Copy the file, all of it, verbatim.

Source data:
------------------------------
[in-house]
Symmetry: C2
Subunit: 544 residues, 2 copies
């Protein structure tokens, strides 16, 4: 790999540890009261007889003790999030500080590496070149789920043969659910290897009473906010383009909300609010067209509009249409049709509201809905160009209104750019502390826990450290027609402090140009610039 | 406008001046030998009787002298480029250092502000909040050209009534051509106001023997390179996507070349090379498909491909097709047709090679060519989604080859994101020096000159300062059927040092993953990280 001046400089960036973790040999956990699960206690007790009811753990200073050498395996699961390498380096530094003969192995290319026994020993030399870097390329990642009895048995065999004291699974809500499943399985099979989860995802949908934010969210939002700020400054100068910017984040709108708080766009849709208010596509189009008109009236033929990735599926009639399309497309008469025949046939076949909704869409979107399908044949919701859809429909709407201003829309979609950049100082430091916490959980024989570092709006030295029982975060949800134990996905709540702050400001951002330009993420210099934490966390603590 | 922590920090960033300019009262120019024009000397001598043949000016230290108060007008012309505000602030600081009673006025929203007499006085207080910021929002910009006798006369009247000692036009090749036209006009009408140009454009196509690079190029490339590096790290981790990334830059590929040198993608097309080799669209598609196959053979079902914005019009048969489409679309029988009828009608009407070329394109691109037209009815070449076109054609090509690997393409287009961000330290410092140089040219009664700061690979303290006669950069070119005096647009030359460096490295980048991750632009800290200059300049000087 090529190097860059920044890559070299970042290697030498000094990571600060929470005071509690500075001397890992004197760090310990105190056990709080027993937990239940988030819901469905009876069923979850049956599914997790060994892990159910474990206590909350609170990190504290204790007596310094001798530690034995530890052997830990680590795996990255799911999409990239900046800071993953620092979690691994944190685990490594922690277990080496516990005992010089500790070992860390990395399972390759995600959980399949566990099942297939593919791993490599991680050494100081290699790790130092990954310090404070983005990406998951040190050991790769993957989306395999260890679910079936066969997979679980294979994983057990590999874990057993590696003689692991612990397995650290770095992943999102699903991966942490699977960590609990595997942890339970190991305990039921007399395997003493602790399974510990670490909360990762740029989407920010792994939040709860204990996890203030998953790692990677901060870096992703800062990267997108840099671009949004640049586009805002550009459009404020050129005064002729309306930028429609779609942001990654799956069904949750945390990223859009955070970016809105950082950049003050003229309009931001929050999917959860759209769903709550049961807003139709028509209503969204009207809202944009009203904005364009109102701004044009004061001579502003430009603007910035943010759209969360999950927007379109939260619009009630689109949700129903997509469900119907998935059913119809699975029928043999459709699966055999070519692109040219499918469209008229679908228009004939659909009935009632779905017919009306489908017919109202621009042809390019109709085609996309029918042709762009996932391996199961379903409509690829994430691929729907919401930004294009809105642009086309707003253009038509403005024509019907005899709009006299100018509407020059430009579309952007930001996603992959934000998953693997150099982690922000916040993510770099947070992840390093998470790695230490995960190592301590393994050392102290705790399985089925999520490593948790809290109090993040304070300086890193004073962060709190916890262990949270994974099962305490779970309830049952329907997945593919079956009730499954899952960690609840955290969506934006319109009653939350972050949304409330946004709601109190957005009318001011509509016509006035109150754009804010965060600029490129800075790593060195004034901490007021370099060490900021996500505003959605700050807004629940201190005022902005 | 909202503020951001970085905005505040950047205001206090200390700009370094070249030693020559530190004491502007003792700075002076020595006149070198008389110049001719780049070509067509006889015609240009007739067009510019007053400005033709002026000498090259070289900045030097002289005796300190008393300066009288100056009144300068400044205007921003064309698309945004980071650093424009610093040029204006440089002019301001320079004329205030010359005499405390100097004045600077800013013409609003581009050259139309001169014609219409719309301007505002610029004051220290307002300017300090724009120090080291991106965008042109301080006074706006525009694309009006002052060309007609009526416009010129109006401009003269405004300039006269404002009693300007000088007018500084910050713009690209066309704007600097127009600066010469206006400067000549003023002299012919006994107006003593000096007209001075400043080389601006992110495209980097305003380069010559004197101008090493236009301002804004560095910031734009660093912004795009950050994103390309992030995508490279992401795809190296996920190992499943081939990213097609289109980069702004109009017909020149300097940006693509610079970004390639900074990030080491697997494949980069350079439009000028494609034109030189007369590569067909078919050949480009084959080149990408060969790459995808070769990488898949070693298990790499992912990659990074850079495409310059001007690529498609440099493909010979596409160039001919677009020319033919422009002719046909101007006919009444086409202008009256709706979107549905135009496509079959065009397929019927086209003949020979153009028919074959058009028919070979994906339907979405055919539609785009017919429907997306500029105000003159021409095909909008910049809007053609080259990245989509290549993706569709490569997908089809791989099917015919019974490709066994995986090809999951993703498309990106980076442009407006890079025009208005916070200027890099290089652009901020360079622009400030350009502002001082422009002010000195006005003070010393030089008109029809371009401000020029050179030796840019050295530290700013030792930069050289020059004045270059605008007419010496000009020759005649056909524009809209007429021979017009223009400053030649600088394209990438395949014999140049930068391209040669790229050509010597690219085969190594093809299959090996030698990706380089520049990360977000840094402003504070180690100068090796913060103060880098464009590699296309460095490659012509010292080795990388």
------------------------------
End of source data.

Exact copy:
[in-house]
Symmetry: C2
Subunit: 544 residues, 2 copies
């Protein structure tokens, strides 16, 4: 790999540890009261007889003790999030500080590496070149789920043969659910290897009473906010383009909300609010067209509009249409049709509201809905160009209104750019502390826990450290027609402090140009610039 | 406008001046030998009787002298480029250092502000909040050209009534051509106001023997390179996507070349090379498909491909097709047709090679060519989604080859994101020096000159300062059927040092993953990280 001046400089960036973790040999956990699960206690007790009811753990200073050498395996699961390498380096530094003969192995290319026994020993030399870097390329990642009895048995065999004291699974809500499943399985099979989860995802949908934010969210939002700020400054100068910017984040709108708080766009849709208010596509189009008109009236033929990735599926009639399309497309008469025949046939076949909704869409979107399908044949919701859809429909709407201003829309979609950049100082430091916490959980024989570092709006030295029982975060949800134990996905709540702050400001951002330009993420210099934490966390603590 | 922590920090960033300019009262120019024009000397001598043949000016230290108060007008012309505000602030600081009673006025929203007499006085207080910021929002910009006798006369009247000692036009090749036209006009009408140009454009196509690079190029490339590096790290981790990334830059590929040198993608097309080799669209598609196959053979079902914005019009048969489409679309029988009828009608009407070329394109691109037209009815070449076109054609090509690997393409287009961000330290410092140089040219009664700061690979303290006669950069070119005096647009030359460096490295980048991750632009800290200059300049000087 090529190097860059920044890559070299970042290697030498000094990571600060929470005071509690500075001397890992004197760090310990105190056990709080027993937990239940988030819901469905009876069923979850049956599914997790060994892990159910474990206590909350609170990190504290204790007596310094001798530690034995530890052997830990680590795996990255799911999409990239900046800071993953620092979690691994944190685990490594922690277990080496516990005992010089500790070992860390990395399972390759995600959980399949566990099942297939593919791993490599991680050494100081290699790790130092990954310090404070983005990406998951040190050991790769993957989306395999260890679910079936066969997979679980294979994983057990590999874990057993590696003689692991612990397995650290770095992943999102699903991966942490699977960590609990595997942890339970190991305990039921007399395997003493602790399974510990670490909360990762740029989407920010792994939040709860204990996890203030998953790692990677901060870096992703800062990267997108840099671009949004640049586009805002550009459009404020050129005064002729309306930028429609779609942001990654799956069904949750945390990223859009955070970016809105950082950049003050003229309009931001929050999917959860759209769903709550049961807003139709028509209503969204009207809202944009009203904005364009109102701004044009004061001579502003430009603007910035943010759209969360999950927007379109939260619009009630689109949700129903997509469900119907998935059913119809699975029928043999459709699966055999070519692109040219499918469209008229679908228009004939659909009935009632779905017919009306489908017919109202621009042809390019109709085609996309029918042709762009996932391996199961379903409509690829994430691929729907919401930004294009809105642009086309707003253009038509403005024509019907005899709009006299100018509407020059430009579309952007930001996603992959934000998953693997150099982690922000916040993510770099947070992840390093998470790695230490995960190592301590393994050392102290705790399985089925999520490593948790809290109090993040304070300086890193004073962060709190916890262990949270994974099962305490779970309830049952329907997945593919079956009730499954899952960690609840955290969506934006319109009653939350972050949304409330946004709601109190957005009318001011509509016509006035109150754009804010965060600029490129800075790593060195004034901490007021370099060490900021996500505003959605700050807004629940201190005022902005 | 909202503020951001970085905005505040950047205001206090200390700009370094070249030693020559530190004491502007003792700075002076020595006149070198008389110049001719780049070509067509006889015609240009007739067009510019007053400005033709002026000498090259070289900045030097002289005796300190008393300066009288100056009144300068400044205007921003064309698309945004980071650093424009610093040029204006440089002019301001320079004329205030010359005499405390100097004045600077800013013409609003581009050259139309001169014609219409719309301007505002610029004051220290307002300017300090724009120090080291991106965008042109301080006074706006525009694309009006002052060309007609009526416009010129109006401009003269405004300039006269404002009693300007000088007018500084910050713009690209066309704007600097127009600066010469206006400067000549003023002299012919006994107006003593000096007209001075400043080389601006992110495209980097305003380069010559004197101008090493236009301002804004560095910031734009660093912004795009950050994103390309992030995508490279992401795809190296996920190992499943081939990213097609289109980069702004109009017909020149300097940006693509610079970004390639900074990030080491697997494949980069350079439009000028494609034109030189007369590569067909078919050949480009084959080149990408060969790459995808070769990488898949070693298990790499992912990659990074850079495409310059001007690529498609440099493909010979596409160039001919677009020319033919422009002719046909101007006919009444086409202008009256709706979107549905135009496509079959065009397929019927086209003949020979153009028919074959058009028919070979994906339907979405055919539609785009017919429907997306500029105000003159021409095909909008910049809007053609080259990245989509290549993706569709490569997908089809791989099917015919019974490709066994995986090809999951993703498309990106980076442009407006890079025009208005916070200027890099290089652009901020360079622009400030350009502002001082422009002010000195006005003070010393030089008109029809371009401000020029050179030796840019050295530290700013030792930069050289020059004045270059605008007419010496000009020759005649056909524009809209007429021979017009223009400053030649600088394209990438395949014999140049930068391209040669790229050509010597690219085969190594093809299959090996030698990706380089520049990360977000840094402003504070180690100068090796913060103060880098464009590699296309460095490659012509010292080795990388």